According to modern biomedicine viruses generally cause cold and flu. In Traditional Chinese medicine (TCM) it is believed that cold and flu is caused by unfavorable influences from climatic and seasonal environments. These are called ‘exogenous evils’ – wind, heat, cold, damp, dryness and summer-heat.
With the arrival of the strong drying winds, the deciduous trees lose their leaves. Chinese medicine believes the trees reflect what is happening in our own bodies where the wind and falling temperatures of autumn push the energy in and downward. While we feel the effects of wind on our skin (dry, itchy, loss of hair etc), we become more vulnerable on the upper and outward surfaces of the body and the wind can easily attack the Lungs.
Wind is considered to be the leading ‘evil’ that causes cold and flu and is said in TCM to be ‘the chief of the hundred diseases’. In TCM, wind can drive external pathogens into the body but seldom attacks alone, for example, wind-heat, wind-cold and wind-damp are the most common types of cold and flu. The diagnosis is based on the presenting symptoms and these are all treated slightly differently in Chinese medicine. The key difference here is that Western medicine is ‘disease/symptom-orientated’ while Chinese Medicine is ‘pattern-orientated’. For example, in Chinese medicine two patients have cold and flu but one has symptoms of higher fever, sore throat, nasal congestion (wind-heat) while the other has strong chills, body/neck ache and clear runny nasal discharge (wind-cold) – then the treatment for both is to clear the wind but they will differ in terms of the first condition will be more focused on clearing heat while the second more about warming and removing cold. The focus of treatment is to restore harmony, support the body in changing the environment so that the virus can no longer survive.
Based on the type of evil causing the cold and flu symptoms, a TCM practitioner can recommend raw or prepared herbs. For example, wind-heat colds and flu can be treated with honeysuckle and forsythia powder (yin qiao san). This is available in tablet and soluble granule form from most pharmacies in China. For tea remedies for wind-heat, try mint, chrysanthemum or mulberry leaf teas that both encourage diaphoresis (sweating) and cool the body. For wind-cold types, try raw ginger, cinnamon twigs, schizonepeta (jing jie) or magnolia flowers.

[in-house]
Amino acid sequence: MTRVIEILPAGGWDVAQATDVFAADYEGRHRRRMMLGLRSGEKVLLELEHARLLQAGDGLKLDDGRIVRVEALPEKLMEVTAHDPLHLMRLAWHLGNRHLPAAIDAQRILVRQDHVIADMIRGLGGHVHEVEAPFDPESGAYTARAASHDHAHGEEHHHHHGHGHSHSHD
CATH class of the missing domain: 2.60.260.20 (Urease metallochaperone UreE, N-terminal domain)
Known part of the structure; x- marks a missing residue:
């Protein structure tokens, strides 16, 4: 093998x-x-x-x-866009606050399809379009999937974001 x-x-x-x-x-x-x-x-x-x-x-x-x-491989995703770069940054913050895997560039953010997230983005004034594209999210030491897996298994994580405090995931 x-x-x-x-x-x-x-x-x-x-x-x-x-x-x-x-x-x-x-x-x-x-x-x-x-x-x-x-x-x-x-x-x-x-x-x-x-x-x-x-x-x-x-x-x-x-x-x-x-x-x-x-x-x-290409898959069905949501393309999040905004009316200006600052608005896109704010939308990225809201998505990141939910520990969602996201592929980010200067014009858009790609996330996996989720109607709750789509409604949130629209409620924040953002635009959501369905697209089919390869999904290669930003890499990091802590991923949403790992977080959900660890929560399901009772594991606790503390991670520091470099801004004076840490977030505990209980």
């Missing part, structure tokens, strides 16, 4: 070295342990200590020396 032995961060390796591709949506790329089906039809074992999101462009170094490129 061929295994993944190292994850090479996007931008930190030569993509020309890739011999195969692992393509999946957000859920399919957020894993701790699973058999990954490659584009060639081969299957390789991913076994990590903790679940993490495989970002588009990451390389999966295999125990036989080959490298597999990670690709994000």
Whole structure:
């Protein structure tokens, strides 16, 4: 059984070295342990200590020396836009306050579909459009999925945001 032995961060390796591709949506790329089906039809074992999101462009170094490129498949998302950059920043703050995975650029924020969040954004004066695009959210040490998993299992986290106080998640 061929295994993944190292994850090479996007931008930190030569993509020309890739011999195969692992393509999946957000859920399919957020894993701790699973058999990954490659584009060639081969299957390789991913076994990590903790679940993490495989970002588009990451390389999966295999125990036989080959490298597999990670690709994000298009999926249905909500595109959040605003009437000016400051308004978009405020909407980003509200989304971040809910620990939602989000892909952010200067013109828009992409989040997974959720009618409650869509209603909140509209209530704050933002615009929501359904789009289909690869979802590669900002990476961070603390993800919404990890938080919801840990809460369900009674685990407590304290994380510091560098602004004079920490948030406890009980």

The traditional remedy for stopping a cold it in its tracks before it gains enough strength is to treat it as early as possible. So, on the first day use the white part of the three spring onions near the roots, crush the ginger (2 slices) and add both to two cups of boiling water. Bring back to the boil and simmer uncovered until the liquid content has halved. Add mint, re-boil briefly and drink as soon as it is cool enough. Then hop into bed covering yourself warmly to enhance sweating and sweat the cold out. As soon as the sweating stops you should change your bed-wear and bedding so that you don’t get sick from being wet and cold. Take it easy for the rest of the day. Be gentle on yourself for the next couple of days, including eating well and getting enough sleep.
Remember timing is critical here, as symptoms change from sore throat to lethargy to cough for example, treatment changes and this will only work in the very early stages of a cold. After the cold has set in this type of treatment will actually drain the body and is not helpful. If you are in day 2 onwards and you just want to get over it as quickly as possible then the best is to look at raw or prepared medicines from the pharmacy. The most common and available Chinese medicine formula that I recommend here is ‘gan mao zhi ke’ granules where the number one ingredient is thorowax root (chai hu) that will help transform the cold and speed up the recovery.
If you are looking to protect yourself in the vulnerable season of Autumn then drink plenty of flower teas – chrysanthemum, mint. Try leek or dry ginger soups between colds to strengthen immunity. You can also use herbal tonics like ganoderma mushroom (ling zhi) and astragalus (huang qi) to build immunity. Eating seasonal foods like pears, apples and persimmons are all very effective at protecting, cooling and moistening the Lungs in autumn. For hot phlegm (yellow or green colour) in the lungs use watercress, radish, daikon radish and seaweed. For cold phlegm (white) use warm damp removers such as fennel, cayenne, garlic, onions, mustard greens, horseradish and ginger. There are foods that can be used to clear all types of phlegm in the Lungs, including potato, pumpkin, linseed, turnip, job’s tears barley, tuna and mushrooms.
Don’t forget immunity relies on the basics of regular lives and good digestion and rest. Regular hours of sleep and three meals a day of mainly cooked grains and vegetables with small amounts of meat and spices for enjoyment will do wonders for your immunity and your spirit.
Alex Tan is a TCM practitioner and educator at The Hutong and Kocoon Spa Lounge. Contact him at firstname.lastname@example.org